A field study of counselling for improving social participation of leprosy affected persons in Jammu and Kashmir
People affected with leprosy are severely stigmatised, restricting their participation at home, in communities, and at the workplace. It further aggravates their stigma levels as participation restriction causes emotional harm, economic disadvantages, and social ostracism, in addition to hampering treatment.
To measure the correlation of various sociodemographic factors influencing participation restriction of leprosy-affected persons and the impact of interventions through counselling for preventing social exclusion.
A cross-sectional pre- and post-counselling survey about social participation of leprosy-affected persons.
The P-scale was used to measure the participation restriction of 120 leprosy-affected persons, living in former leprosy colonies. Group counselling sessions were conducted to improve social participation. Various statistical tools were used to analyse the P-scale scores.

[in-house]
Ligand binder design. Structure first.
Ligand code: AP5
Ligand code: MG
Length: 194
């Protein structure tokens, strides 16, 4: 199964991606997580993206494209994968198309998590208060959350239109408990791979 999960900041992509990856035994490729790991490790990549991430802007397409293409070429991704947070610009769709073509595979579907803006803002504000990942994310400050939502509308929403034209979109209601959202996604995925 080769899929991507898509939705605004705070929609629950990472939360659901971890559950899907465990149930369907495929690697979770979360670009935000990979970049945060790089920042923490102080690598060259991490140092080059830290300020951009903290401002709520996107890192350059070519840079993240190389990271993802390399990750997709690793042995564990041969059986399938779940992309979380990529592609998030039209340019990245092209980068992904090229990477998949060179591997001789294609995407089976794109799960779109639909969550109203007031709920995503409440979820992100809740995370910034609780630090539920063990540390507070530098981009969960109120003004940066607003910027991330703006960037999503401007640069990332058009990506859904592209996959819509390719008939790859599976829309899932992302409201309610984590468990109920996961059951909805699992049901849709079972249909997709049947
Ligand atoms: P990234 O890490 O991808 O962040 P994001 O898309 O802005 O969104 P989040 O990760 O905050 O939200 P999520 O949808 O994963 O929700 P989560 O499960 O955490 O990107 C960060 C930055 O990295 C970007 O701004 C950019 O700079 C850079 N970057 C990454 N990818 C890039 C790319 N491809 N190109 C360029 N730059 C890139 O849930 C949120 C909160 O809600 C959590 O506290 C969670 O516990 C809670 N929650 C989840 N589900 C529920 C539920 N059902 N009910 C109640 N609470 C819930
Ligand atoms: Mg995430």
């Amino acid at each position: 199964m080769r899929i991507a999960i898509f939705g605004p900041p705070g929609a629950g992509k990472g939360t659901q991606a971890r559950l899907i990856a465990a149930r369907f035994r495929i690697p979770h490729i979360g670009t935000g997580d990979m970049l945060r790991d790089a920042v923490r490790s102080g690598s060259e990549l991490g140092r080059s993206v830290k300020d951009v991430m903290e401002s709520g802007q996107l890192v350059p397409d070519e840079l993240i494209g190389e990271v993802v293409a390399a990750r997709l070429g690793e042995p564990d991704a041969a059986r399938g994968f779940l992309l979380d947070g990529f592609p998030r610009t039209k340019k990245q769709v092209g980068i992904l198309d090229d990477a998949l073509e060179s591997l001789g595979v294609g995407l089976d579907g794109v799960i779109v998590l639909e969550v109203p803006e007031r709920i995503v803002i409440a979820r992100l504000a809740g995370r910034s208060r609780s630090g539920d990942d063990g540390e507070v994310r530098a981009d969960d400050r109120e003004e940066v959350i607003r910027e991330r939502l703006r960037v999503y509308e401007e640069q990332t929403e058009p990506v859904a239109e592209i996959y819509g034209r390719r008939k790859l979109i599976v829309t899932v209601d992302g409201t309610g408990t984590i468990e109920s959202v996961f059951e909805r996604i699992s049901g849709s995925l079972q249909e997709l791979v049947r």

Every leprosy-affected person reported some level of participation restriction; severe to extreme participation restriction was found in most, with a few having mild or moderate restriction. The demographic profiles of leprosy-affected persons influence the severity of the participation restriction. Participation restriction in females is higher than in males; those over 40 years of age face more restrictions than those who are younger; disabled and unemployed persons reported higher participation restriction than those who are part-time employees or homemakers, and the unmarried reported higher restrictions than those who are married. Counselling resulted in notable improvements in social participation.
Counselling not only has an overall positive impact on social participation but its impact was highly influenced by demographic variables, particularly amongst those who are disabled or unemployed.